Excerpts from Jim Conrad's
Naturalist Newsletter

Hieroglyphic Cicada, NEOCICADA HIEROGLYPHICA

from the August 4, 2008 Newsletter, issued from near Natchez, Mississippi:
HIEROGLYPHIC CICADA

Loud, drawn-out, summer afternoon cicada or "jar fly" dronings aren't as noticeable here these days as they are some years, but you still hear and see cicadas from time to time. For example, look at the little one above.

That's a Hieroglyphic Cicada, NEOCICADA HIEROGLYPHICA, partial to oaks and conspicuously smaller than most cicadas we see here. Notice that its body length hardly extends across two finger tips. You can hear the species' song by clicking on the audio link at the University of Connecticut's page on the species.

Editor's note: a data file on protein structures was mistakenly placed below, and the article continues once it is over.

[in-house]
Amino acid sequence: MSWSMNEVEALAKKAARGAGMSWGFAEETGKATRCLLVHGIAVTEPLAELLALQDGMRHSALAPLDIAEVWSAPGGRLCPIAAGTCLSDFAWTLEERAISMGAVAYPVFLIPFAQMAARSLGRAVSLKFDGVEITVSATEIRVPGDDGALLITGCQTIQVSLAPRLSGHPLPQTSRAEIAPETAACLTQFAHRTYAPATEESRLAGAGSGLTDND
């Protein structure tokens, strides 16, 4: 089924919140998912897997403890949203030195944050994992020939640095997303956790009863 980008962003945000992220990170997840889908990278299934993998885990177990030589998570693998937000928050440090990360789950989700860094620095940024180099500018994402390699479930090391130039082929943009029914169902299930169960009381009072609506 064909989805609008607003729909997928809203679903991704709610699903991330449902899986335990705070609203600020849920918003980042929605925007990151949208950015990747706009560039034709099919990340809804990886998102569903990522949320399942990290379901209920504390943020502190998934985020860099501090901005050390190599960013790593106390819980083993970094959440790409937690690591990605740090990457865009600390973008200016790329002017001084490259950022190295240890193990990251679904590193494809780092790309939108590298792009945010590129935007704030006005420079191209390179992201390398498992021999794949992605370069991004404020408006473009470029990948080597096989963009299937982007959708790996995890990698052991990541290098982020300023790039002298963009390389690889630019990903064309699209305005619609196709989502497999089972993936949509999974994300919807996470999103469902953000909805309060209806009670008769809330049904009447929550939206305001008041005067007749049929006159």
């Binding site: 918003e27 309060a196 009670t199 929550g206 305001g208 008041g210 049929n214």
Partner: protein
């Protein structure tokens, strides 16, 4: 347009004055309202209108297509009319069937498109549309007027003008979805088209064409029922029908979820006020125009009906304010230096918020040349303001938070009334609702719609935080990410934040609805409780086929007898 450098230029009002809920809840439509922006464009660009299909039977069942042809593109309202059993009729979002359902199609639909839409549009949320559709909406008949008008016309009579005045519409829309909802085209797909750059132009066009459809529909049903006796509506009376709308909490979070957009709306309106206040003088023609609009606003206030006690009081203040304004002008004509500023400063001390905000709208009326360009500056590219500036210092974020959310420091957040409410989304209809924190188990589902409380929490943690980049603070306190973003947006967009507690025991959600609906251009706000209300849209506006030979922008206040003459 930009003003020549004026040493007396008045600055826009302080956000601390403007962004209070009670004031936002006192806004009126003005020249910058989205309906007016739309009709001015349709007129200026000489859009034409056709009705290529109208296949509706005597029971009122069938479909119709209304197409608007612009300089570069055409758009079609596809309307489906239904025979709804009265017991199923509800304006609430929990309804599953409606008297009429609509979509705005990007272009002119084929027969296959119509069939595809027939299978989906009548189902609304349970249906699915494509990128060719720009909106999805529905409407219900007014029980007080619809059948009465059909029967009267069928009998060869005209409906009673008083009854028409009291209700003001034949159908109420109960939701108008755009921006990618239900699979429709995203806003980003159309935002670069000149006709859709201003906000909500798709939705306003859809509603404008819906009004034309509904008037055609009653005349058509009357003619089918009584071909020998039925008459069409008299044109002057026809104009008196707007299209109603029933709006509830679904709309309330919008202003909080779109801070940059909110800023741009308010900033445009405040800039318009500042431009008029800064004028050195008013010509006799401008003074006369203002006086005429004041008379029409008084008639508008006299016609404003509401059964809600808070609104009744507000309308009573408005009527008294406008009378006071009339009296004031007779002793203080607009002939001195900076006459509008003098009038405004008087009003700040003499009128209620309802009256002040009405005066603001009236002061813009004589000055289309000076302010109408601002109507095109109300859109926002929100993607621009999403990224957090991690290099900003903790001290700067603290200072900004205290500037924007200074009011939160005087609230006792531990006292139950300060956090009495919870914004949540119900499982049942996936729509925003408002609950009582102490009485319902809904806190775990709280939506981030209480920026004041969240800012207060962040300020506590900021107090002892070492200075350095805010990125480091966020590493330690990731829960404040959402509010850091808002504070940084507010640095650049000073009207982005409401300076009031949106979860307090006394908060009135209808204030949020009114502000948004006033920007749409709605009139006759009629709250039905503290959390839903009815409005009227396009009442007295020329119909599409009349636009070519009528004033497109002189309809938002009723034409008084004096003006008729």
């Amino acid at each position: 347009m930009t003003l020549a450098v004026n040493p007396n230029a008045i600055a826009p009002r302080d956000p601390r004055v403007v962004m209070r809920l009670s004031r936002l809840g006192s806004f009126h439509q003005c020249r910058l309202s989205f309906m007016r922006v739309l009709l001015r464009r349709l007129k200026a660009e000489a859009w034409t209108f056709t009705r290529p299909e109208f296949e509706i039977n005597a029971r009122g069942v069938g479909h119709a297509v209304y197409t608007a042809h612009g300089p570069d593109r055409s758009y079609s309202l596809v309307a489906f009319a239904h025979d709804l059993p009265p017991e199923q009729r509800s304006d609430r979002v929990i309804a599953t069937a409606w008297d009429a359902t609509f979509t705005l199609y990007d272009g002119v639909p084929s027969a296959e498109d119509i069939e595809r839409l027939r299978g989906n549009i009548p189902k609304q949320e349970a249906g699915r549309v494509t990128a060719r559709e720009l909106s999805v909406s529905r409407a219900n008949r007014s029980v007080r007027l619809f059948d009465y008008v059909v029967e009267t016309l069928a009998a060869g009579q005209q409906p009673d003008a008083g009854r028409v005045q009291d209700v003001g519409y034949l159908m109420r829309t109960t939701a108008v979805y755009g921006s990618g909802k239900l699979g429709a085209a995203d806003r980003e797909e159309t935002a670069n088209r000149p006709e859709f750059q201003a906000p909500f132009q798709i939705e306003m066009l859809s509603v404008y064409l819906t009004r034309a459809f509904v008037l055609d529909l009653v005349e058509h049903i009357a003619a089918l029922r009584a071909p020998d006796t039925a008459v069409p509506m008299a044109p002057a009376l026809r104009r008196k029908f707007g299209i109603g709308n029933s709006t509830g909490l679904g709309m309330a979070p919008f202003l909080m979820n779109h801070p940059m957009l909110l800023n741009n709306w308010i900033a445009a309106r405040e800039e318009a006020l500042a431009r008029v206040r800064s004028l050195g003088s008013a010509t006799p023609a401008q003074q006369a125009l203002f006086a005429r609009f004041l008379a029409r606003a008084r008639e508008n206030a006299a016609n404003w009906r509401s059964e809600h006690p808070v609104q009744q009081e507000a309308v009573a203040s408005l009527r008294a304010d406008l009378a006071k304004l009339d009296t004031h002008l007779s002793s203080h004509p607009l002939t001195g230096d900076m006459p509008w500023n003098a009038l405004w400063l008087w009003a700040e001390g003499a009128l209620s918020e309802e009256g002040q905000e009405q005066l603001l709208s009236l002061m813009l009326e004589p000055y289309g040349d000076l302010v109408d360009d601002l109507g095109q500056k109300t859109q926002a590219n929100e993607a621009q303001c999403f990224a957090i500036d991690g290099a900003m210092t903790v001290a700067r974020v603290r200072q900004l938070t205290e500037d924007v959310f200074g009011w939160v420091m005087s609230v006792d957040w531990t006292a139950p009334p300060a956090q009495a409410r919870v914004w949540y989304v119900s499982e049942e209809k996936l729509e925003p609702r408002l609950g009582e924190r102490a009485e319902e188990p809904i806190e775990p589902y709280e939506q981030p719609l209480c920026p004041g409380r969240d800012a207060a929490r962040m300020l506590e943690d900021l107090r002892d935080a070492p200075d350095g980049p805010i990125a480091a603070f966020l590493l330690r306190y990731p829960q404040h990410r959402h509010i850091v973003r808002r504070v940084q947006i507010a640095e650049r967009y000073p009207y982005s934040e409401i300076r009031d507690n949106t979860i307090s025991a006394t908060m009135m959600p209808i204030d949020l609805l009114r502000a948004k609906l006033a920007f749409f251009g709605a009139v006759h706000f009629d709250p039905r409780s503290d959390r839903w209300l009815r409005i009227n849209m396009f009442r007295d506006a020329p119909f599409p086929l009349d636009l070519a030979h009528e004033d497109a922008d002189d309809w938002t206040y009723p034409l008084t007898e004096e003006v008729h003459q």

About 3000 cicada species are recognized. Species of periodical cicadas who emerge every few years in great numbers are recognized by their red eyes and reddish wing-veins. Our Hieroglyphic Cicada, lacking those features, is clearly an annual cicada, appearing yearly and usually in much smaller numbers.